Author Aaron Larson
Wisconsin has over 84,000 miles of streams, 15,000 lakes and milllions of acres of wetlands. Assessing the condition of this vast amount of water is challenging. The state's water monitoring program uses a media-based, cross-program approach to analyze water condition. An updated monitoring strategy (2015-2020) is now available. Compliance with Clean Water Act fishable, swimmable standards are located in the Executive Summary of Water Condition in 2018. See also the 'monitoring and projects' tab.
County Land and Water Management Plan
Town of St. Germain proposes an extensive land and water resource protection program that includes the areas in and around Big and Little St. Germain, Lost Lake and other area water resources. This project will be a broad based long term cooperative planning effort involving the St. Germain Planning Committee, town officials, UW-Extension office and concerned citizens.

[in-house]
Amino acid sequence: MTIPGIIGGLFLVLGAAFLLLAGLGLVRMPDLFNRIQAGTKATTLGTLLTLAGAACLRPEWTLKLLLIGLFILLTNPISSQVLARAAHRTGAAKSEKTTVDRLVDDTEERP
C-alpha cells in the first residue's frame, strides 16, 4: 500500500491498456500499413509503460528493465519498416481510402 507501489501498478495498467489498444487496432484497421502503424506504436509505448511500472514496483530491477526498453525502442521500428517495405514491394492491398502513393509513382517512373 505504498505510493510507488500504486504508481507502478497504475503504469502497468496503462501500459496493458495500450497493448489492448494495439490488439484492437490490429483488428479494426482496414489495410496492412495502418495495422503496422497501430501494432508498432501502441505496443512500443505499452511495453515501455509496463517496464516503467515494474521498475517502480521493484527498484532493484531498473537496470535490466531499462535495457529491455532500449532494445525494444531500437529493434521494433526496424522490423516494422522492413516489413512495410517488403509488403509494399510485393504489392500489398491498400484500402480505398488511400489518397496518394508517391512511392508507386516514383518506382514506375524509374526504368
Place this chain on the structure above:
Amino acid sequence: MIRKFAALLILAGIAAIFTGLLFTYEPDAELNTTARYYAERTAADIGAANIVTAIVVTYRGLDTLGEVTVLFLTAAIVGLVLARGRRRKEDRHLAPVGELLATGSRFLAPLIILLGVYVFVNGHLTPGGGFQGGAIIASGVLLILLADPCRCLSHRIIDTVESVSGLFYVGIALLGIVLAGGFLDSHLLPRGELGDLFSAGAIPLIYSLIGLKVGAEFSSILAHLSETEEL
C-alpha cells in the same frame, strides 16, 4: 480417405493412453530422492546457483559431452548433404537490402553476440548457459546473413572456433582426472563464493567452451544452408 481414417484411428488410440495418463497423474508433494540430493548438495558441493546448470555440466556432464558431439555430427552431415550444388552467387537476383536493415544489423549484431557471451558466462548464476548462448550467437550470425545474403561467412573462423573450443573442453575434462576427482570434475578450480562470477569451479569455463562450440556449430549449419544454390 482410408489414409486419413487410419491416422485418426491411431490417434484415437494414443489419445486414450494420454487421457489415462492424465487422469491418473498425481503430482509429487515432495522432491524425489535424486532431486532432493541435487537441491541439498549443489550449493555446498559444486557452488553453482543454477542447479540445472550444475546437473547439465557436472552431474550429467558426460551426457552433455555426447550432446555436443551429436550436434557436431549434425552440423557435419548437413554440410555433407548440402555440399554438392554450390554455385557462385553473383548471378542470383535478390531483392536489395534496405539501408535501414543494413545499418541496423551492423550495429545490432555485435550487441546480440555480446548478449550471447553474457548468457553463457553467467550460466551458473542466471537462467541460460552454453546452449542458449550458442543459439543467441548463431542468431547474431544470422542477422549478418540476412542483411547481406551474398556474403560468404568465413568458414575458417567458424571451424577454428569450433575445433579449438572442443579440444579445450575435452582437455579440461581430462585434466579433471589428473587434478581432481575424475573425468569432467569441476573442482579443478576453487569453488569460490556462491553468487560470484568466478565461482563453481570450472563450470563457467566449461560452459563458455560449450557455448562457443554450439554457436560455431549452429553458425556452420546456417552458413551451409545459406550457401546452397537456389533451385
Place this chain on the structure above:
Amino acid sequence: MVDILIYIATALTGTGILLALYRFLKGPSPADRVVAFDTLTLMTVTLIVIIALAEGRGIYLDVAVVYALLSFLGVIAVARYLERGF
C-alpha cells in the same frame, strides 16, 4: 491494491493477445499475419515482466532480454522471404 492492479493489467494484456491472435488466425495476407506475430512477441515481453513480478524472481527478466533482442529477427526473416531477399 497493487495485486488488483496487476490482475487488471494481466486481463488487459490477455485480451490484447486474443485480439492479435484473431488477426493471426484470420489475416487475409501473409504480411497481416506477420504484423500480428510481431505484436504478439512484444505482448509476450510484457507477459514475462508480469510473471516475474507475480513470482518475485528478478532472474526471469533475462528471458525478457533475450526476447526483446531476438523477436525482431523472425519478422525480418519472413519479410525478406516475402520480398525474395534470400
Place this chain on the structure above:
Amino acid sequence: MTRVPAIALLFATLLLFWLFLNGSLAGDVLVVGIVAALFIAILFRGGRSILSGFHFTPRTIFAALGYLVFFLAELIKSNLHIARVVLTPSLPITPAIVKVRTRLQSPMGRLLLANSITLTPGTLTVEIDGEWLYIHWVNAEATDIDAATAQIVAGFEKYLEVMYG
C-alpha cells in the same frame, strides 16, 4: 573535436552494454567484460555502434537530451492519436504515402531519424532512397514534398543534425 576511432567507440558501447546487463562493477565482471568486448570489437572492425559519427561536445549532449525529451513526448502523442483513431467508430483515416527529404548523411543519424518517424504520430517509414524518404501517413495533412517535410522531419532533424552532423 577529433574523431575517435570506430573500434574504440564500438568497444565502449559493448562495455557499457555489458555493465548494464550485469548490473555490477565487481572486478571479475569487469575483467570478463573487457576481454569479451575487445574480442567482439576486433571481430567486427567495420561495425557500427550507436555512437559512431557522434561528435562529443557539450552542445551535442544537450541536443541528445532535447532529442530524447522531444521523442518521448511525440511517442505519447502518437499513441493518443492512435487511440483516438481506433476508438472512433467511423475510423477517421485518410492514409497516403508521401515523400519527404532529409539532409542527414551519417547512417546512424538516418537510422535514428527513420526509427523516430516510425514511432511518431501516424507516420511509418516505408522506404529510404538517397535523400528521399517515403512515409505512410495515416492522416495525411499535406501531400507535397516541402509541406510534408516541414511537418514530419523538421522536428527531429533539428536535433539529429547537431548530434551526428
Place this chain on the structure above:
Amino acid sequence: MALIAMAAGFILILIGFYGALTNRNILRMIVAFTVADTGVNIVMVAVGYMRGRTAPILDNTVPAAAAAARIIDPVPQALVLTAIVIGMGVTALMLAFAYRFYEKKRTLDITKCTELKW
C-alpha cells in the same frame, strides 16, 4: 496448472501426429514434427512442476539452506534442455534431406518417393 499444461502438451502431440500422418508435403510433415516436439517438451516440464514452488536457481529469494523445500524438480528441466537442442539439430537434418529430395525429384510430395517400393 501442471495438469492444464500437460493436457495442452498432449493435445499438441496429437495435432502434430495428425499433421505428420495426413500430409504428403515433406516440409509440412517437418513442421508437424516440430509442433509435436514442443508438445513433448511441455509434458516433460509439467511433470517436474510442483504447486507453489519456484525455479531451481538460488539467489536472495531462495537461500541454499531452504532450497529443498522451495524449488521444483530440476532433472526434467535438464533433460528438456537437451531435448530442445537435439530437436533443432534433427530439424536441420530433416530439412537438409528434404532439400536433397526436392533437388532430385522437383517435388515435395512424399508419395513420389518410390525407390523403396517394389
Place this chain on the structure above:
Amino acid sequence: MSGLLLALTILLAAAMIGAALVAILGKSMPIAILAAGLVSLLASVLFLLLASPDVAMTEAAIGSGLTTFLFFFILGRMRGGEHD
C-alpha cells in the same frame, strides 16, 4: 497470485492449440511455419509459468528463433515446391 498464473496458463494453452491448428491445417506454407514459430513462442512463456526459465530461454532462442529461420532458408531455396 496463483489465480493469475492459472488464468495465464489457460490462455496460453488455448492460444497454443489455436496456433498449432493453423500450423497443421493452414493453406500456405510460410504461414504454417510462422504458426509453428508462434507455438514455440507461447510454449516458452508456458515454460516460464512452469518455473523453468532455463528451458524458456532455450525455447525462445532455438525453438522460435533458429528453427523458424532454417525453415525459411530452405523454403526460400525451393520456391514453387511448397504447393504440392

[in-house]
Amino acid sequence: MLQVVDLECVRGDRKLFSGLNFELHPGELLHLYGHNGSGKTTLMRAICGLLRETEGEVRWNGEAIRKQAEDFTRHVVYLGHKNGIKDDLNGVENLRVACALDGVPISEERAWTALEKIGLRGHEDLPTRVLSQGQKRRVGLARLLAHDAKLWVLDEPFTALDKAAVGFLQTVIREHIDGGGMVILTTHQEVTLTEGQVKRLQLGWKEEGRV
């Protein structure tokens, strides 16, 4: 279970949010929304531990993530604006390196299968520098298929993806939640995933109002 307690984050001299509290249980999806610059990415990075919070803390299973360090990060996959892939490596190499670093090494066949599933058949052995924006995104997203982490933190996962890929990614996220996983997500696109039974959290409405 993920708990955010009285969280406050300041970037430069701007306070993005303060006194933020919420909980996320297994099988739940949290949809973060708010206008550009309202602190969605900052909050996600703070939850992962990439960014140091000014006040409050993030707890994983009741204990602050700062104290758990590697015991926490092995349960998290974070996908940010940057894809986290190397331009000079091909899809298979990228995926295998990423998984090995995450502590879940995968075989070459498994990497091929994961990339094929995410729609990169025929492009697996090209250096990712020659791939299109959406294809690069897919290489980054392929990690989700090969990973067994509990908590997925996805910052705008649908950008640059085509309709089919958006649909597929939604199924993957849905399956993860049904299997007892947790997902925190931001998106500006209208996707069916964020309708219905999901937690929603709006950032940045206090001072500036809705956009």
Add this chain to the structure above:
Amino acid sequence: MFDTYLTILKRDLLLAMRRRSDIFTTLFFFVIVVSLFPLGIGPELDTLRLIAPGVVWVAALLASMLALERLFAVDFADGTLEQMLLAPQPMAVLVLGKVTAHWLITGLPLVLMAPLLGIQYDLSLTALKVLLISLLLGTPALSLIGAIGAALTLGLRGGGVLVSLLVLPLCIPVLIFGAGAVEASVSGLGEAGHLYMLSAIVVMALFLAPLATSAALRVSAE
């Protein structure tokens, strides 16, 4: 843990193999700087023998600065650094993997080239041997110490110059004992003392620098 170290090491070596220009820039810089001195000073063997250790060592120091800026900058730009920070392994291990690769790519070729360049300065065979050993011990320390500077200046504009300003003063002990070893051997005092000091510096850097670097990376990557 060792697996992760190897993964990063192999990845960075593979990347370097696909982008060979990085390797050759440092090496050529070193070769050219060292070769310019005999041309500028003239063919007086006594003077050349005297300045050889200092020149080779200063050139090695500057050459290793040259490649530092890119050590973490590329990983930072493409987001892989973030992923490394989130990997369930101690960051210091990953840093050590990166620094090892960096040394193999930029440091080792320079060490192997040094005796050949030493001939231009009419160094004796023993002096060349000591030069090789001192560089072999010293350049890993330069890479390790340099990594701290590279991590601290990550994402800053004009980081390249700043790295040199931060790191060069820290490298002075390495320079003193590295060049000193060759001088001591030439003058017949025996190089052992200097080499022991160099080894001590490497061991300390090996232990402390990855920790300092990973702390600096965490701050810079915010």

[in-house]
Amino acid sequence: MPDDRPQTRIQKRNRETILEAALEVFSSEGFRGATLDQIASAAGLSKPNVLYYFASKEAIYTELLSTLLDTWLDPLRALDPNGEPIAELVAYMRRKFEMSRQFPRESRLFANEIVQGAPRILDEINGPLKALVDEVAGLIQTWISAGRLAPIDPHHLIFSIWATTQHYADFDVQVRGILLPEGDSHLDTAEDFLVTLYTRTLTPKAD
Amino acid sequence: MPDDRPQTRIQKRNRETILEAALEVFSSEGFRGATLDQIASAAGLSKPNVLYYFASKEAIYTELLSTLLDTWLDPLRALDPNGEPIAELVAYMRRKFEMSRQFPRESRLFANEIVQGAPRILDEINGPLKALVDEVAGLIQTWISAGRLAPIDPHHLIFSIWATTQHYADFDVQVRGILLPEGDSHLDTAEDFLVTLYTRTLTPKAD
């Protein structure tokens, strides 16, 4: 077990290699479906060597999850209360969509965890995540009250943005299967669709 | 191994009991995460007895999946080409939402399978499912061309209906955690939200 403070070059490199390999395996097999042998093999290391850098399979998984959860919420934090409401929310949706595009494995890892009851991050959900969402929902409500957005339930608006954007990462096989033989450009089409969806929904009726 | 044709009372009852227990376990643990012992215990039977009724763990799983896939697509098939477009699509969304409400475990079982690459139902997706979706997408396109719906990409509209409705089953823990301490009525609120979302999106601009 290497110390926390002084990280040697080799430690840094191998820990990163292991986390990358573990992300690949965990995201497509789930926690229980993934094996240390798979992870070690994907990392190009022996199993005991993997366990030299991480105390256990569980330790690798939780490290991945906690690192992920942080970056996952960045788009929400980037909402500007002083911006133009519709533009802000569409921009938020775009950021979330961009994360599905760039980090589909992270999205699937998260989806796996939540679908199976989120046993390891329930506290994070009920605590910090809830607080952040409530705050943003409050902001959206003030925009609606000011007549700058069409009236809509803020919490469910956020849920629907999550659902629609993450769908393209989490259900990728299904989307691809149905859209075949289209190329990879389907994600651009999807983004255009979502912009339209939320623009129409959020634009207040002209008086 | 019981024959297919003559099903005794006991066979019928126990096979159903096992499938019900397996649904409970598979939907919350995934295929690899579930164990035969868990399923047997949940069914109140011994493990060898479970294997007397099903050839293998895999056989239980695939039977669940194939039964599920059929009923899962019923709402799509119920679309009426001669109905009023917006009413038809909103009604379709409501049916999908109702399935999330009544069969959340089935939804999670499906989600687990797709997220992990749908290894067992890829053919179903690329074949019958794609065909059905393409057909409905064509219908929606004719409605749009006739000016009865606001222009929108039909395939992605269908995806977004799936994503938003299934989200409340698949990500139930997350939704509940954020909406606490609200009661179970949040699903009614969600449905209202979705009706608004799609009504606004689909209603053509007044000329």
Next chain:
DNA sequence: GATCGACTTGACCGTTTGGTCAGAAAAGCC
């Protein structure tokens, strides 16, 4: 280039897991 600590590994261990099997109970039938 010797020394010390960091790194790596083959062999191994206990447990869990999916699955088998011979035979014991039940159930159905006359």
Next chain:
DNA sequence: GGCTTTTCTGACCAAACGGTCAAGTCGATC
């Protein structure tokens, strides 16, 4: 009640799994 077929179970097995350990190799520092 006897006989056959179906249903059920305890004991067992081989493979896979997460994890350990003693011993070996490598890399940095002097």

Wisconsin's Water Quality Standards provide qualitative and quantitative goals for waters that are protective of Fishable, Swimmable conditions [Learn more]. Waters that do not meet water quality standards are considered impaired and restoration actions are planned and carried out until the water is once again fishable and swimmable
Management goals can include creation or implementation of a Total Maximum Daily Load analysis, a Nine Key Element Plan, or other restoration work, education and outreach and more. If specific recommendations exist for this water, they will be displayed below online.
Monitoring the condition of a river, stream, or lake includes gathering physical, chemical, biological, and habitat data. Comprehensive studies often gather all these parameters in great detail, while lighter assessment events will involve sampling physical, chemical and biological data such as macroinvertebrates. Aquatic macroinvertebrates and fish communities integrate watershed or catchment condition, providing great insight into overall ecosystem health. Chemical and habitat parameters tell researchers more about human induced problems including contaminated runoff, point source dischargers, or habitat issues that foster or limit the potential of aquatic communities to thrive in a given area. Wisconsin's Water Monitoring Strategy was recenty updated.